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Fall Arts Preview

Notable classical music and opera performances this fall

BSO artistic partner Thomas Ades conducts the orchestra Nov. 3-5.Stu Rosner/file/Stu Rosner

OUROBOROS TRILOGY Two freshly minted operas — Scott Wheeler’s “Naga” and Paola Prestini’s “Gilgamesh” — join Zhou Long’s “Madame White Snake” to make up the ambitious “Ouroboros Trilogy,” which is premiering this month. All three works have librettos by Cerise Lim Jacobs. Michael Counts directs. Through Sept. 17, Cutler Majestic Theatre. 617-824-8400,

ISABELLA STEWART GARDNER MUSEUM A Far Cry, the Gardner’s resident chamber orchestra, kicks off the museum’s Sunday series with a characteristically eclectic program that moves from Haydn to Reich (Sept. 11). The Gardner’s fall lineup will also include three keenly anticipated appearances by the German violinist Isabelle Faust and the Russian pianist Alexander Melnikov (Nov. 6, 13, and 20) performing the complete Beethoven Violin Sonatas. 617-278-5156, (see also


ODYSSEY OPERA Gil Rose leads the adventurous company in the local premiere of Dvorak’s grand opera “Dimitrij.” It will be presented in a concert performance, with a cast that includes Ales Briscein, Dana Buresova, Olga Jelinkova, and Irina Mishura. Sept. 16, Jordan Hall. 617-826-1626,

BOSTON SYMPHONY ORCHESTRA After a splashy all-Russian opening-night program featuring piano soloist Lang Lang (Sept. 24), Andris Nelsons will lead the orchestra in two concert performances of Strauss’s time-suspending masterwork “Der Rosenkavalier” (Sept. 29 and Oct. 1), featuring a deluxe cast headed by Renée Fleming as the Marschallin, Susan Graham as Octavian, and Erin Morley as Sophie. Also to be noted this fall are composer-conductor Thomas Adès’s first performances (Nov. 3-5) in his newly created role as the BSO’s artistic partner. Symphony Hall. 617-266-1200,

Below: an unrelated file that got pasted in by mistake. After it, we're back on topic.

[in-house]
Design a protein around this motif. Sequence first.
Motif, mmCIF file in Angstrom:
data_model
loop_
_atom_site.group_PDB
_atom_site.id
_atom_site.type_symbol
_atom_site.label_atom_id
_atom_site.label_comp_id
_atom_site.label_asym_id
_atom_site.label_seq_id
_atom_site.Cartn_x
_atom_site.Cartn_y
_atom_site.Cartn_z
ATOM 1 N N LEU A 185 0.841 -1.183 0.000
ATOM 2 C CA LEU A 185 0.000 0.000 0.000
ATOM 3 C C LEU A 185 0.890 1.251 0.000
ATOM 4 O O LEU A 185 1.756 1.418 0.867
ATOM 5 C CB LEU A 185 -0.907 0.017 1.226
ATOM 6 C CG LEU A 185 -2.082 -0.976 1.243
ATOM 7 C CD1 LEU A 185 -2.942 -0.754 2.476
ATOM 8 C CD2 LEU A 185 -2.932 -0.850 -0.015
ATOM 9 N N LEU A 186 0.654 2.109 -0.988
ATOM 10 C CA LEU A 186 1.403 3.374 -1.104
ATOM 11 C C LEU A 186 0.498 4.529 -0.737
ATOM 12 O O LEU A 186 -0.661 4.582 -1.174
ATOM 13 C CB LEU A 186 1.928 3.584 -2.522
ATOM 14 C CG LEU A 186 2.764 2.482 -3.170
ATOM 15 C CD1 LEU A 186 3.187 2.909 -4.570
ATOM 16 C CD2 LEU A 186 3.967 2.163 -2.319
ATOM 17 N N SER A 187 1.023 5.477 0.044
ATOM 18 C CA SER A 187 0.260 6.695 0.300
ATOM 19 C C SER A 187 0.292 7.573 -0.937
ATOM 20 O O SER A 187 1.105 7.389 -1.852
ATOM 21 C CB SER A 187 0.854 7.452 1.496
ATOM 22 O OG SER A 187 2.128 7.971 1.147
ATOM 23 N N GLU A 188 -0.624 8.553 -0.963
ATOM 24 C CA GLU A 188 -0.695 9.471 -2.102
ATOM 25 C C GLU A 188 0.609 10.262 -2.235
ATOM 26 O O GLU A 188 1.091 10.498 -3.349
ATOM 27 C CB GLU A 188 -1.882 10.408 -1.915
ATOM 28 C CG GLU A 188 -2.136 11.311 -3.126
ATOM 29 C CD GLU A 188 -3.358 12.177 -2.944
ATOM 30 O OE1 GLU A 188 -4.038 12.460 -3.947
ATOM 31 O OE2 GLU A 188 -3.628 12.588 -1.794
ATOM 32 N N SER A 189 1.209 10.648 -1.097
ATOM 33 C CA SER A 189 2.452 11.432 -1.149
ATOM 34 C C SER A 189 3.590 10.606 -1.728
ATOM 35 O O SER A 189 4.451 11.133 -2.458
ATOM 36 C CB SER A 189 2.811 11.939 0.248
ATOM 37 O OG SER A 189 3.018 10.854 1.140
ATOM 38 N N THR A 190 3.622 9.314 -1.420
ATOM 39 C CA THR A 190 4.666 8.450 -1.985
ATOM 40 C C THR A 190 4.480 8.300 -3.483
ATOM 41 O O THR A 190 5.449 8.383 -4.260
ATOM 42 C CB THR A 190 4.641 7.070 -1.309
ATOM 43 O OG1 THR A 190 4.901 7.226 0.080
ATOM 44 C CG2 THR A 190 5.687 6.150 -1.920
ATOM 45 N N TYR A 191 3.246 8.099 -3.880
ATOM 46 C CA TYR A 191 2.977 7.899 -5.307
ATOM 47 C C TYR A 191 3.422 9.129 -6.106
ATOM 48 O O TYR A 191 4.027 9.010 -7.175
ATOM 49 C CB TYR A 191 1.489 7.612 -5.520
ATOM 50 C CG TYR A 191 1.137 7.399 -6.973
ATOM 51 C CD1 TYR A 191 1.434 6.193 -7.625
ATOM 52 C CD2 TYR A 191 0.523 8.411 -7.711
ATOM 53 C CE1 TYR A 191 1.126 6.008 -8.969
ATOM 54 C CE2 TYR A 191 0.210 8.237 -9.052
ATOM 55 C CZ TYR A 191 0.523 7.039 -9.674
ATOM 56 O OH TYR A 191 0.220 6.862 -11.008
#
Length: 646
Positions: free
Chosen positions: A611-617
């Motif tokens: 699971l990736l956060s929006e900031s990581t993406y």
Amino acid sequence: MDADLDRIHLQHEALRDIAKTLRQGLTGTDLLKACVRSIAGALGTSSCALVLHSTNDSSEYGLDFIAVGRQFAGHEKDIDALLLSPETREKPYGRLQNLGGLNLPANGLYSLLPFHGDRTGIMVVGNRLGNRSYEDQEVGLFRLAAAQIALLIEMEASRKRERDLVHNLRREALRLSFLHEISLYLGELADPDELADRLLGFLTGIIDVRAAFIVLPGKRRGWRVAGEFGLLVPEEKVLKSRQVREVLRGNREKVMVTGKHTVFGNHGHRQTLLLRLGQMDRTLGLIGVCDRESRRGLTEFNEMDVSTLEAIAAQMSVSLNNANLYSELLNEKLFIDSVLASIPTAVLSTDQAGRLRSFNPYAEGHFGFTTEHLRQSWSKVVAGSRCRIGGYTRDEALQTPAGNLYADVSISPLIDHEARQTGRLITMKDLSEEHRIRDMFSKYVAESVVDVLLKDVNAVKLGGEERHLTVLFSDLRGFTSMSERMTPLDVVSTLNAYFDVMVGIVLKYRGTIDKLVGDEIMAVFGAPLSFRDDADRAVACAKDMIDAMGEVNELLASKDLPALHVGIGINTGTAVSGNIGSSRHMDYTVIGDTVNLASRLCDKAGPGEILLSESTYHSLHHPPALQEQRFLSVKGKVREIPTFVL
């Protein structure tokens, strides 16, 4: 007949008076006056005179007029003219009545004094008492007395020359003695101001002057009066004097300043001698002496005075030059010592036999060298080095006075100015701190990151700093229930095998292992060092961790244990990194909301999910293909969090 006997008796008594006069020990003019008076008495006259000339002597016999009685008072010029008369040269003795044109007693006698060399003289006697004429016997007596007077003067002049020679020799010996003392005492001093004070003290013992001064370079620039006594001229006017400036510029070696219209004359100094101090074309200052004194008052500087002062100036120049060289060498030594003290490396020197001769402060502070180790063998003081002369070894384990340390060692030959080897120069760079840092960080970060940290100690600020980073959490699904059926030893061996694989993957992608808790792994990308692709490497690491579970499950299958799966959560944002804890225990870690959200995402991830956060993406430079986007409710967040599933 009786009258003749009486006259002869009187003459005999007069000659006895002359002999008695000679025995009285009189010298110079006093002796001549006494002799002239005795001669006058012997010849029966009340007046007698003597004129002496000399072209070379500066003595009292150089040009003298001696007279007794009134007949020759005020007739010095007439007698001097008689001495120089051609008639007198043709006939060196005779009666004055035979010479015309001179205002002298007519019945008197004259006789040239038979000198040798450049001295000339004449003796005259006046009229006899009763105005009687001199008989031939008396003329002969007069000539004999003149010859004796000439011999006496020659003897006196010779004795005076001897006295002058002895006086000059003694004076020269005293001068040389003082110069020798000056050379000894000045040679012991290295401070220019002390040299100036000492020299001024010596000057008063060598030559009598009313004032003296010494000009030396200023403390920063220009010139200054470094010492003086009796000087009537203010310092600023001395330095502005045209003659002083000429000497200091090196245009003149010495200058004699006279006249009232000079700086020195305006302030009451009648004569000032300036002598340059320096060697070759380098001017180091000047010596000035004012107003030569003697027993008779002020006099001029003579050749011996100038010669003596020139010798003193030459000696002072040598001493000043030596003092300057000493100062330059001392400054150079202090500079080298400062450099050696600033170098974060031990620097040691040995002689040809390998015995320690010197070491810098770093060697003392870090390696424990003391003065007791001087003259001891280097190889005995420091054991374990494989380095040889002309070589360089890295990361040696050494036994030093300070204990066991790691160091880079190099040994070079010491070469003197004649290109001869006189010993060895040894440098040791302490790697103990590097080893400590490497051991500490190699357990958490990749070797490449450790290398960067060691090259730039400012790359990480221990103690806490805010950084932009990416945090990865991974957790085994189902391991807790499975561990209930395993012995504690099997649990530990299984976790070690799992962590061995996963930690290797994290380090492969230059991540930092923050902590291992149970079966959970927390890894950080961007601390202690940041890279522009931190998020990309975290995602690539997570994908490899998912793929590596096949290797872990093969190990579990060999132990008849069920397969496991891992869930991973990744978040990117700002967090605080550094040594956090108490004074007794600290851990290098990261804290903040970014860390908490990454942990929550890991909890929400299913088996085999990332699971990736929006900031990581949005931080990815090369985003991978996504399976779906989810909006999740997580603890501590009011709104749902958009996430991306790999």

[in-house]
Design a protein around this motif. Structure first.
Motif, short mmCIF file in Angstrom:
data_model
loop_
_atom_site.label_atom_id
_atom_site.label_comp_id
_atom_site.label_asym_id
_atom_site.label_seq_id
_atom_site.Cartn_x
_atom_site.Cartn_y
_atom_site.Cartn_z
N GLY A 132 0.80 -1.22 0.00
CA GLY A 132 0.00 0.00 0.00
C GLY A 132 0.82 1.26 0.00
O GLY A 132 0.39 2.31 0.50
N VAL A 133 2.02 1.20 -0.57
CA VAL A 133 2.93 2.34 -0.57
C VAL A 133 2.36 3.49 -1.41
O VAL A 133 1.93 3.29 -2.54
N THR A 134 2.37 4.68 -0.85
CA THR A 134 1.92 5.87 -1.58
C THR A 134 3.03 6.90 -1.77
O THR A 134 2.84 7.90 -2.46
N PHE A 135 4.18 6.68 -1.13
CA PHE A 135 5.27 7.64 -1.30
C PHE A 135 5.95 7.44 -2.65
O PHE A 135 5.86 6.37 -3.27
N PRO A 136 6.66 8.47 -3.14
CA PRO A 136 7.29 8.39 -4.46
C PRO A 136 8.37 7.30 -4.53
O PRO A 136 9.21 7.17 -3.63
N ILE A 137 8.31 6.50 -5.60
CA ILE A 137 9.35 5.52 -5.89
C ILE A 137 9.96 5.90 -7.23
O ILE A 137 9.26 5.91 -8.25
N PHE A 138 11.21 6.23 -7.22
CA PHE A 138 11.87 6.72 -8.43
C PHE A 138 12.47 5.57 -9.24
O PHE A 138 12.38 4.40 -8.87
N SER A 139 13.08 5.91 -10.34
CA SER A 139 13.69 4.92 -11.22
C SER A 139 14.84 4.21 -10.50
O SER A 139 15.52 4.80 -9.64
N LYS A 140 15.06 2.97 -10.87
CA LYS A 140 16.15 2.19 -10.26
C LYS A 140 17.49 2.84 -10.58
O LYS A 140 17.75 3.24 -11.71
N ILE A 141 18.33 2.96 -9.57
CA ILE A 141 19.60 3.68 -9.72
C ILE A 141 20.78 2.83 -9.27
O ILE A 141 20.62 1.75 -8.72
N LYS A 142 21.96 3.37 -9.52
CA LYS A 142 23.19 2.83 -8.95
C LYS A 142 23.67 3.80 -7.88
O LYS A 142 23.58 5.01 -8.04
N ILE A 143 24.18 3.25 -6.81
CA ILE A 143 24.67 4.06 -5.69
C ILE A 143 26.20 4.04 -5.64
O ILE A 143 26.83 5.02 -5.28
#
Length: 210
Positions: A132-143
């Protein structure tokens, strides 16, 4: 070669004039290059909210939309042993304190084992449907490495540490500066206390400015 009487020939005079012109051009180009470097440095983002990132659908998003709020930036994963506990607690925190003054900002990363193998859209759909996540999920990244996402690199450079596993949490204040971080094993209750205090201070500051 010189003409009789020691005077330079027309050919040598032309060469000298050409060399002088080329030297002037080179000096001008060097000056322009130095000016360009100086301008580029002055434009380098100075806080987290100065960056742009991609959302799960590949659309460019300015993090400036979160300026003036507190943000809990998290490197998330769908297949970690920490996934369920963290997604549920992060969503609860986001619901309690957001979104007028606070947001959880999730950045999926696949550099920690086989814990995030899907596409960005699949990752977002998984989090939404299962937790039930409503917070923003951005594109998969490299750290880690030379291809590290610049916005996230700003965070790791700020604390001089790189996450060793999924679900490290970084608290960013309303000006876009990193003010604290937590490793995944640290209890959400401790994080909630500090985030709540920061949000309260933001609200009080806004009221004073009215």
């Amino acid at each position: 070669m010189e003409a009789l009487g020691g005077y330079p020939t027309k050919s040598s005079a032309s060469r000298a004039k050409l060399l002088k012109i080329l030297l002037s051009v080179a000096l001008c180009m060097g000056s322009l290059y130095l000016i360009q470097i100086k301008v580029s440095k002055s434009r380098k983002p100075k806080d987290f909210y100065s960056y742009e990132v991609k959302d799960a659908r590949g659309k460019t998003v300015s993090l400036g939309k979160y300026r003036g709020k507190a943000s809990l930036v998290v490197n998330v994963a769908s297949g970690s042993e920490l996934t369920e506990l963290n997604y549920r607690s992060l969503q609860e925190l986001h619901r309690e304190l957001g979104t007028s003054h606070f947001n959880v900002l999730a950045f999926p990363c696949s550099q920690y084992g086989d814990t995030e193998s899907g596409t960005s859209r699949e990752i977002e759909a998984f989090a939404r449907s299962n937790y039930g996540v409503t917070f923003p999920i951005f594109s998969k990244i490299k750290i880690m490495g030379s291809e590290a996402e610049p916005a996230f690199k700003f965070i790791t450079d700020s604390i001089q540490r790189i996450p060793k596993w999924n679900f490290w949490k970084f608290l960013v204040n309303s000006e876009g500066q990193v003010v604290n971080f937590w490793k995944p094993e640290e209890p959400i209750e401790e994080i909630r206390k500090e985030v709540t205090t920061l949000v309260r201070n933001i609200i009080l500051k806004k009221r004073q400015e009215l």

BOSTON LYRIC OPERA BLO opens its 40th-anniversary season with a visit to — of all places — the Boston Opera House, where not a single professional opera has been mounted in more than a quarter-century. The occasion is Calixto Bieito’s staging of Bizet’s “Carmen,” which the company describes as “the largest production [it] has mounted in four decades.” Jennifer Johnson Cano sings the title role, and Roger Honeywell is Don José. David Angus conducts. Sept. 23-Oct. 2, Boston Opera House, 539 Washington St. 617-542-6772,


HANDEL AND HAYDN SOCIETY Under the direction of Harry Christophers, the H&H season starts with a mostly Bach program anchored by the “Magnificat” (Sept. 23-25) and continues with a Beethoven and Mendelssohn program led by Richard Egarr (Oct. 28-30). Symphony Hall. 617-266-3605,

BOSTON EARLY MUSIC FESTIVAL BEMF kicks off its local concert series with an appearance (Oct. 7) by the veteran viol consort Fretwork, which will be joined by soprano Suzie LeBlanc in works by Byrd, Dowland, Gibbons, and Purcell. Look out, too, for the fall’s staged offering (Nov. 26-27), featuring chamber operas by Charpentier and Lalande alongside music of Lully, all of which BEMF is presenting under the title “Versailles: Portrait of a Royal Domain.” 617-661-1812,

BOSTON PHILHARMONIC Benjamin Zander launches his orchestra’s season with works by Lera Auerbach and Tchaikovsky alongside Rachmaninoff’s “Rhapsody on a Theme of Paganini” featuring pianist Ya-Fei Chuang (Oct. 20-23). Cellist Zuill Bailey will then be the soloist in music of Dutilleux, presented with works by Elgar, Debussy, and Walton (Nov. 17-20). 617-236-0999,

BOSTON BAROQUE Martin Pearlman’s orchestra and chorus return to Bach’s great Mass in B minor, with a lineup of vocal soloists that includes countertenor David Daniels in his Boston Baroque debut. Oct. 21 and 23, Jordan Hall. 617-987-8600,